I hear it’s been pretty hot at home, so I am hoping some of the sunshine and heat will come our way – it’s been overcast and rainy here for a couple of weeks now (apparently the joke’s on me as it has never been cloudy or rainy here during my eight previous visits). I hope all is well back in the States! I miss everyone!

May 11, 2008 - Posted by Erin in Food and wine

No crazy adventures for me this week, well aside from my usual excursions in Madrid. This week I made a couple of trips to downtown. The first was to meet with Jacob’s mother and one of his aunts. We had intended to visit an exposition of tapestries at the Royal Palace, but were unable to when we discovered it was the monthly changing of the guard and could not enter. Instead we enjoyed drinks at one of the terrazas in Plaza de Oriente, followed by lunch at Jacob’s parents’ house (where I discovered that no gazpacho compares to his mother’s – it’s heavenly!). Needless to say, after eight hours of solid Spanish, my head was pretty well saturated.

Thursday brought another outing in Madrid with another of Jacob’s aunts, Ana Maria. Ana Maria is pretty much an expert on all things Spain, so she kindly shared the history of some of the famous buildings and sites in Madrid and also took me to visit a barrio that I had not yet visited. This was all followed by a delicious lunch at her apartment in Madrid.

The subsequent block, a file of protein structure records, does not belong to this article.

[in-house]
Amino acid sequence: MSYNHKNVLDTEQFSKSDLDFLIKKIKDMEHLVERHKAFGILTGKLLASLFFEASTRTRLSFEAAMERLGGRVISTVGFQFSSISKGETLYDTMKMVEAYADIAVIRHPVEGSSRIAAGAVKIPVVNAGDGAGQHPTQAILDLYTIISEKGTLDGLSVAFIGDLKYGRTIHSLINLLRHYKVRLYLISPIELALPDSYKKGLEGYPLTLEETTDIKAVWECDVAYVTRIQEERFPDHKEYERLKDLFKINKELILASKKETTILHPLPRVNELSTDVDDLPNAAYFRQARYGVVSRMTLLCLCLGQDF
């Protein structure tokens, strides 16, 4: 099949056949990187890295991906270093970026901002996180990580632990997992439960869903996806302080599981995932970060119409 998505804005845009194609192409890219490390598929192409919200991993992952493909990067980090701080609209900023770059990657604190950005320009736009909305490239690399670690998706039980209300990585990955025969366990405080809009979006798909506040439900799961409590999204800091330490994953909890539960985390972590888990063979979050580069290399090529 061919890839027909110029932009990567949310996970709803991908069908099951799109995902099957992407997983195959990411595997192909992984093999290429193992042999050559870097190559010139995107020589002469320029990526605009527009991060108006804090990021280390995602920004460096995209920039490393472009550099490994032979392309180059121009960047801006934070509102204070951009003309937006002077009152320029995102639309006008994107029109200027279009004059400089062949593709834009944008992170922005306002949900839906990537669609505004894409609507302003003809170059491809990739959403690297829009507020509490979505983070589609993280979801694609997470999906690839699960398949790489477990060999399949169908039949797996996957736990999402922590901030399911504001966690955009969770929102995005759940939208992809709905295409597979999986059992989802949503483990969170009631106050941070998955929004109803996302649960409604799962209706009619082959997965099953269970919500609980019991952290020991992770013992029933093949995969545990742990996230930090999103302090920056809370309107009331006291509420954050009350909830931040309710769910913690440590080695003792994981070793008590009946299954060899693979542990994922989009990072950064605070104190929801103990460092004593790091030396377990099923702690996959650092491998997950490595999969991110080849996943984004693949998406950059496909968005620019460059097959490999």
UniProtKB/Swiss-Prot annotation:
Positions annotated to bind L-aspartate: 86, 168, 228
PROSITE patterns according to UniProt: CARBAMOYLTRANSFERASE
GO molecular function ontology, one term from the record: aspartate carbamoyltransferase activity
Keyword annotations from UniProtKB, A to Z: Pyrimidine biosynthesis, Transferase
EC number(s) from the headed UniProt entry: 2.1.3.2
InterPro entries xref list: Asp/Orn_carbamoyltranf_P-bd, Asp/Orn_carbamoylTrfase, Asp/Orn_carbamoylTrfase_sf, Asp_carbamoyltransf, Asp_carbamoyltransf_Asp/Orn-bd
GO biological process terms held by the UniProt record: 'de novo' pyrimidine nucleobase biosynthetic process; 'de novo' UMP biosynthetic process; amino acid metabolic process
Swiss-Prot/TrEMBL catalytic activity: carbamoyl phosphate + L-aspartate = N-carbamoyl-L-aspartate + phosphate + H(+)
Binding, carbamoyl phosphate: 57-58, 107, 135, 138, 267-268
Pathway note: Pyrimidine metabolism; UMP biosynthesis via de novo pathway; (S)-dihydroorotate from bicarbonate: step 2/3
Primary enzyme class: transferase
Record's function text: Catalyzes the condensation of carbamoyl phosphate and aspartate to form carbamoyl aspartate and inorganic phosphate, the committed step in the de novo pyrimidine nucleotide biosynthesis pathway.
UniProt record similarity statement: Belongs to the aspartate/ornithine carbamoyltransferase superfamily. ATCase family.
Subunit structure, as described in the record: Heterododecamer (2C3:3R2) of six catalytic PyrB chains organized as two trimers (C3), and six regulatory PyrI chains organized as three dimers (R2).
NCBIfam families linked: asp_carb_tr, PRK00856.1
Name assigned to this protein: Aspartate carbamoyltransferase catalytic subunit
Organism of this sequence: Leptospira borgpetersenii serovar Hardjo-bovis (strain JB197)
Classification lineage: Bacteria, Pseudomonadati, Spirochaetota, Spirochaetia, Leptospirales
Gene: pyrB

Just when I thought I couldn’t possibly absorb another drop of Spanish, that same night Jacob and I headed to a cata de vino (wine tasting) at a local restaurant. It was incredible! They provided a full explanation of five wines (in this case syrahs from around the world) followed by appetizers, all at no cost. The wine was fantastic, the food was perfection and the restaurant was totally impressive. As a result, we opted to stay for dinner (even though the appetizers were more than enough) and try their famous Argentinian steak (I know – me, steak?). On top of that, the owner of the restaurant treated us to a dessert plate and two glasses of champagne. Quite an impressive night!

Today we headed a bit out of Madrid for lunch at a friends house in a charming town called Cobeña. I baked a kahlua cake, which was no small feat given how impossible it is to find just about anything I need to cook here. Originally the plan for the day was for all of us to go to their ranch in the country to go horseback riding and enjoy the pool…..but the rain kind of messed up those plans. In the end it was perfect though – we all had a great time.

Other than that, I’ve just been spending my time trying to get more situated here. Everyday brings a laundry list of both challenging and comical experiences whether at the gym, the grocery store or elsewhere. About once a week I like to hit up Starbucks just to have a taste of home, but have decided I should change my name to Maria as the last two times I’ve been there my cup has read “Eri” and then “Eli”. Apparently “Erin” isn’t a common name here ;)….except for the occasional “oh, like ‘Erin Brokovich’?!”. Oy!